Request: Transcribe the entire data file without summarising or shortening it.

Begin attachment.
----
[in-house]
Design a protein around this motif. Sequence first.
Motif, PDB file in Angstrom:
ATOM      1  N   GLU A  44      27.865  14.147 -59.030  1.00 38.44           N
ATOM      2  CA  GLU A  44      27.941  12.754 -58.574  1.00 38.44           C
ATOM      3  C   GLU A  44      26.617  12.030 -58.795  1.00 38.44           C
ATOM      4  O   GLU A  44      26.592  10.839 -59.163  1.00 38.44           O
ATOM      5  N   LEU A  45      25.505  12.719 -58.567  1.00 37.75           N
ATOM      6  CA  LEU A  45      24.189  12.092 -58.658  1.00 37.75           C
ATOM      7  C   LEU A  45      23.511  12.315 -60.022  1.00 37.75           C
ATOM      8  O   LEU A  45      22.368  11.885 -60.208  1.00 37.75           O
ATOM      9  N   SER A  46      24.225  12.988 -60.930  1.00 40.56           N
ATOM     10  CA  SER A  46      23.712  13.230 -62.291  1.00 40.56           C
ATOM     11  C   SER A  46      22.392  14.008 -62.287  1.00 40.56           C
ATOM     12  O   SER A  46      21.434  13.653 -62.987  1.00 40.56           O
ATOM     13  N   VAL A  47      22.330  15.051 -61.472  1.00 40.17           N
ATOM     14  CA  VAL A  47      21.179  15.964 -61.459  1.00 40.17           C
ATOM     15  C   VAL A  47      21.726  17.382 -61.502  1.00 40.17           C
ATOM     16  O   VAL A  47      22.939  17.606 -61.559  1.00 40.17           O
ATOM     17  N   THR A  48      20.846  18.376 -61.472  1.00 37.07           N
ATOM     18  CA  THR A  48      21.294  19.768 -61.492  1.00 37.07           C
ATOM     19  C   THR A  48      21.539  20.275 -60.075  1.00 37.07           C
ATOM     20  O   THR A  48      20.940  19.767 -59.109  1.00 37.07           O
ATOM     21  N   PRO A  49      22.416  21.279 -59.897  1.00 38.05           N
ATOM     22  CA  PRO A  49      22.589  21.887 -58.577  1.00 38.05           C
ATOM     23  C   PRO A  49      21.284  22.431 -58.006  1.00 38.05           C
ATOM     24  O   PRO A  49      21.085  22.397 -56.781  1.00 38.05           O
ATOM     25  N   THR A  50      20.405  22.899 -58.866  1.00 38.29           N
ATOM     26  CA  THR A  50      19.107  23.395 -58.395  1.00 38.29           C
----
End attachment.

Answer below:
[in-house]
Design a protein around this motif. Sequence first.
Motif, PDB file in Angstrom:
ATOM      1  N   GLU A  44      27.865  14.147 -59.030  1.00 38.44           N
ATOM      2  CA  GLU A  44      27.941  12.754 -58.574  1.00 38.44           C
ATOM      3  C   GLU A  44      26.617  12.030 -58.795  1.00 38.44           C
ATOM      4  O   GLU A  44      26.592  10.839 -59.163  1.00 38.44           O
ATOM      5  N   LEU A  45      25.505  12.719 -58.567  1.00 37.75           N
ATOM      6  CA  LEU A  45      24.189  12.092 -58.658  1.00 37.75           C
ATOM      7  C   LEU A  45      23.511  12.315 -60.022  1.00 37.75           C
ATOM      8  O   LEU A  45      22.368  11.885 -60.208  1.00 37.75           O
ATOM      9  N   SER A  46      24.225  12.988 -60.930  1.00 40.56           N
ATOM     10  CA  SER A  46      23.712  13.230 -62.291  1.00 40.56           C
ATOM     11  C   SER A  46      22.392  14.008 -62.287  1.00 40.56           C
ATOM     12  O   SER A  46      21.434  13.653 -62.987  1.00 40.56           O
ATOM     13  N   VAL A  47      22.330  15.051 -61.472  1.00 40.17           N
ATOM     14  CA  VAL A  47      21.179  15.964 -61.459  1.00 40.17           C
ATOM     15  C   VAL A  47      21.726  17.382 -61.502  1.00 40.17           C
ATOM     16  O   VAL A  47      22.939  17.606 -61.559  1.00 40.17           O
ATOM     17  N   THR A  48      20.846  18.376 -61.472  1.00 37.07           N
ATOM     18  CA  THR A  48      21.294  19.768 -61.492  1.00 37.07           C
ATOM     19  C   THR A  48      21.539  20.275 -60.075  1.00 37.07           C
ATOM     20  O   THR A  48      20.940  19.767 -59.109  1.00 37.07           O
ATOM     21  N   PRO A  49      22.416  21.279 -59.897  1.00 38.05           N
ATOM     22  CA  PRO A  49      22.589  21.887 -58.577  1.00 38.05           C
ATOM     23  C   PRO A  49      21.284  22.431 -58.006  1.00 38.05           C
ATOM     24  O   PRO A  49      21.085  22.397 -56.781  1.00 38.05           O
ATOM     25  N   THR A  50      20.405  22.899 -58.866  1.00 38.29           N
ATOM     26  CA  THR A  50      19.107  23.395 -58.395  1.00 38.29           C